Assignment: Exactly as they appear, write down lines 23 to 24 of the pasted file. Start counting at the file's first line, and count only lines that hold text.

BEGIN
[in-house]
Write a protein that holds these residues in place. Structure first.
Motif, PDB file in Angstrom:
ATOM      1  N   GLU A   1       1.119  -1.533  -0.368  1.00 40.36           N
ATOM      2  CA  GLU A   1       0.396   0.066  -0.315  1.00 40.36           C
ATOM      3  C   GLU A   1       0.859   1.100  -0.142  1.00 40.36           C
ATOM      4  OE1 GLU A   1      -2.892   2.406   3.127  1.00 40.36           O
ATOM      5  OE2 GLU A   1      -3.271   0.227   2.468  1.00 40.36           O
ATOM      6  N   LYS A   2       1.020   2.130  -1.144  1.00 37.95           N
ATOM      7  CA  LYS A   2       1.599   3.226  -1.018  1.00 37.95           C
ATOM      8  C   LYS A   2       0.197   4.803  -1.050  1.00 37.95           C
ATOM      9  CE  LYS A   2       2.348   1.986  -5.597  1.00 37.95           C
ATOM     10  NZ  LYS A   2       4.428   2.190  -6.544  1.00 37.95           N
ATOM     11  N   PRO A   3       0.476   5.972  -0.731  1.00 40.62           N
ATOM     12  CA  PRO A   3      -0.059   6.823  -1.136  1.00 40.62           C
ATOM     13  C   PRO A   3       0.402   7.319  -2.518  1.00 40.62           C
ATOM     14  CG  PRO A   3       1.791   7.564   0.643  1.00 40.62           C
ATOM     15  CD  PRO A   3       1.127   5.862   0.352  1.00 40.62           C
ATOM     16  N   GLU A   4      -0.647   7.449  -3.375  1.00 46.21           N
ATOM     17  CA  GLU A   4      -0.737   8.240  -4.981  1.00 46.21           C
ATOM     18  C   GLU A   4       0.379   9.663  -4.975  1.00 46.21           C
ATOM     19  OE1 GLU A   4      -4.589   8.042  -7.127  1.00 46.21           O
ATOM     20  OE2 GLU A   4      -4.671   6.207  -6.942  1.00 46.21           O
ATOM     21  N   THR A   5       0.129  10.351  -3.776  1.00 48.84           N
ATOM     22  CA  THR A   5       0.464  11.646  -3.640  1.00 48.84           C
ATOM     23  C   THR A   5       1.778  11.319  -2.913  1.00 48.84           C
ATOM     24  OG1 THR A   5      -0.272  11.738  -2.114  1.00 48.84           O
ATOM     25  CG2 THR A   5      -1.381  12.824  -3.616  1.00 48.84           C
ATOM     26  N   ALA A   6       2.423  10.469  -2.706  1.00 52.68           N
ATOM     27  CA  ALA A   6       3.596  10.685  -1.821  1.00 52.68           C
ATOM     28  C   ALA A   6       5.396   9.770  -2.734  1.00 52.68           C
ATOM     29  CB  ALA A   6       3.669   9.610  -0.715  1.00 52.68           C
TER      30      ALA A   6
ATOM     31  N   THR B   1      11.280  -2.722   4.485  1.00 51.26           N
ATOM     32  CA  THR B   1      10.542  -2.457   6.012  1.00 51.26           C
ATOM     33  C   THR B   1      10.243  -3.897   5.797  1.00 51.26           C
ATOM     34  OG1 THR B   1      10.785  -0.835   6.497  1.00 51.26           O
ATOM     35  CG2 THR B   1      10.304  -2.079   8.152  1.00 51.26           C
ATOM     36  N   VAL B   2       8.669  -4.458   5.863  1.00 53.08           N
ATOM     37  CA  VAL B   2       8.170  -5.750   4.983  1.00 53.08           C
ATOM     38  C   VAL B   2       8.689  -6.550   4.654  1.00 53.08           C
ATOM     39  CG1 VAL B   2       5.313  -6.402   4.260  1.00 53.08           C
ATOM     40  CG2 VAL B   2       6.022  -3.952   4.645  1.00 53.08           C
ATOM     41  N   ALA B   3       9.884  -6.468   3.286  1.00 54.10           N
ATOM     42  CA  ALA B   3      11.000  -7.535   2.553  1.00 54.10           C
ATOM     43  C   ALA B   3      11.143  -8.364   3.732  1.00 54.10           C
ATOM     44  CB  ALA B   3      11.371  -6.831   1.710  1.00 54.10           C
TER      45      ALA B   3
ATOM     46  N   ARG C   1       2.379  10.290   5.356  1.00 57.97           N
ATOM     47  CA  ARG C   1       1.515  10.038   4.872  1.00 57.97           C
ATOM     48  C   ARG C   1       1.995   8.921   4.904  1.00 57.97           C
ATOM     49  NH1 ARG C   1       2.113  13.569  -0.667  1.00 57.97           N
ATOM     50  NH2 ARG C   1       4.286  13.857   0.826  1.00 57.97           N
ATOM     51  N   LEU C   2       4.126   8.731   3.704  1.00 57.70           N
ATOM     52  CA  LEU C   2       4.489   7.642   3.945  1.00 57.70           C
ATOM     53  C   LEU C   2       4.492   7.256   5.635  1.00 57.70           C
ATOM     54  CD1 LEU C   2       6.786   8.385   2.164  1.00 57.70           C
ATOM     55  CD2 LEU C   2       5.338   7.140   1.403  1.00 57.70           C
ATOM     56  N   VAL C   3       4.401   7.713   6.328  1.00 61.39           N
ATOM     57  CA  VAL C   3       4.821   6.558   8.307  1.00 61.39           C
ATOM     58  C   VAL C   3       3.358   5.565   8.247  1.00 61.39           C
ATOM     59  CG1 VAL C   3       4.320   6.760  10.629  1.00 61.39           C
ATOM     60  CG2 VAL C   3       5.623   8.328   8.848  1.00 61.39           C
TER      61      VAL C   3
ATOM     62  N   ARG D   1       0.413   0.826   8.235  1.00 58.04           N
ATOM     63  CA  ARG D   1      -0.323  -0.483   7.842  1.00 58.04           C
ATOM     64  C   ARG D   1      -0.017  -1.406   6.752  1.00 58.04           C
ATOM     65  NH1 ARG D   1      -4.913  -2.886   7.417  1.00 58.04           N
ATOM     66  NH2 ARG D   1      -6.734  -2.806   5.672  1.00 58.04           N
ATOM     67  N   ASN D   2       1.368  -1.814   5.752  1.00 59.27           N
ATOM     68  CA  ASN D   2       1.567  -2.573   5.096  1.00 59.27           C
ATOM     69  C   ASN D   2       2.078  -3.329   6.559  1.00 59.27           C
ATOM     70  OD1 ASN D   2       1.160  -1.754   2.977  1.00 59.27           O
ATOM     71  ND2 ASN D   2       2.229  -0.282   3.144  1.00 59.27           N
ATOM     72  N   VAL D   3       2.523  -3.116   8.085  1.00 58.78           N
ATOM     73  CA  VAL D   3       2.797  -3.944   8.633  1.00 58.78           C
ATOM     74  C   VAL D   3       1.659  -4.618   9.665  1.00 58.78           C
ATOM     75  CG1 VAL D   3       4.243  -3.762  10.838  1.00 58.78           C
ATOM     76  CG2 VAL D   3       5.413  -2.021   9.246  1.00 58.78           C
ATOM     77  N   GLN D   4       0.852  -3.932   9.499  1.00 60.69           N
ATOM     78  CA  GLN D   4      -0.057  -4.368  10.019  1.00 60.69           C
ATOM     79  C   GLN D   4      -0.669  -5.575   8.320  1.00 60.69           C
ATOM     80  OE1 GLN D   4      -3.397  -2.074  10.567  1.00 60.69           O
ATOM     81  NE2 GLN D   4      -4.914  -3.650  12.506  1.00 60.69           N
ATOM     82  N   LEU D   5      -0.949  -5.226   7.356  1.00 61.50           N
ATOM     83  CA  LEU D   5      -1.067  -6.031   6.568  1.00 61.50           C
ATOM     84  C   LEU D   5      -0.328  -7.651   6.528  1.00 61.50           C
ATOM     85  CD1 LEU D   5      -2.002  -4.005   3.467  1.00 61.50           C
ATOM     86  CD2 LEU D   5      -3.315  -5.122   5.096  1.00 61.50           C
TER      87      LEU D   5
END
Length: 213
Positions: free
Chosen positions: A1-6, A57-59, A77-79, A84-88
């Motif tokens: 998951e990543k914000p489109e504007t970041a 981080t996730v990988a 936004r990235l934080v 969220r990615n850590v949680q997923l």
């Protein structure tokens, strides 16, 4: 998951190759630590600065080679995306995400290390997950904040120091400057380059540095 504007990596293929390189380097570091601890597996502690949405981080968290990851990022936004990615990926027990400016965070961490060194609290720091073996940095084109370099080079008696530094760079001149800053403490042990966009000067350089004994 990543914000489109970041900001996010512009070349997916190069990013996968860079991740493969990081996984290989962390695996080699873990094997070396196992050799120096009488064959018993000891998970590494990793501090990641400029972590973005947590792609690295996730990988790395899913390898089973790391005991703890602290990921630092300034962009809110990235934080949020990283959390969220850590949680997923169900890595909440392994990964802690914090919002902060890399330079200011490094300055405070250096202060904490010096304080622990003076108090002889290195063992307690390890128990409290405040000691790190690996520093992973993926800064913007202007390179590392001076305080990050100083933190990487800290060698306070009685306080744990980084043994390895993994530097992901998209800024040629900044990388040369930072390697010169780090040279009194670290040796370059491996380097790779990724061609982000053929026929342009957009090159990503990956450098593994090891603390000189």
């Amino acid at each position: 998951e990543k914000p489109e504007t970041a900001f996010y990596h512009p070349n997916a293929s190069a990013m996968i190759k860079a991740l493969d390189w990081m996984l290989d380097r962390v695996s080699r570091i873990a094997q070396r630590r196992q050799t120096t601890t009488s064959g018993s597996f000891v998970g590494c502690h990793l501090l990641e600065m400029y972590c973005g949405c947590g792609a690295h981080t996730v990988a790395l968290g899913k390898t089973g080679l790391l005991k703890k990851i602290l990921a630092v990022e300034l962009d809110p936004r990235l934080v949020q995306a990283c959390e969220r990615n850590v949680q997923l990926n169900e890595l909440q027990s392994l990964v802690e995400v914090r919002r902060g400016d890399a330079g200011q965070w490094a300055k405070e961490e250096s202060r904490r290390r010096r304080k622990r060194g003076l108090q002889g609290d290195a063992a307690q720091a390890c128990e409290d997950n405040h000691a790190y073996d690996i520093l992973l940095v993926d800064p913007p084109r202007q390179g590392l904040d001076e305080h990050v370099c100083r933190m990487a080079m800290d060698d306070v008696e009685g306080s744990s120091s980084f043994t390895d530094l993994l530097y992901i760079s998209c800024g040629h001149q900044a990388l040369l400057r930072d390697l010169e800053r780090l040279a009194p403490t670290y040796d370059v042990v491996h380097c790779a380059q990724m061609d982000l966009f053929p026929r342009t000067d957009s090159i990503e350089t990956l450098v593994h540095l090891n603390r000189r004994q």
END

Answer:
ATOM     20  OE2 GLU A   4      -4.671   6.207  -6.942  1.00 46.21           O
ATOM     21  N   THR A   5       0.129  10.351  -3.776  1.00 48.84           N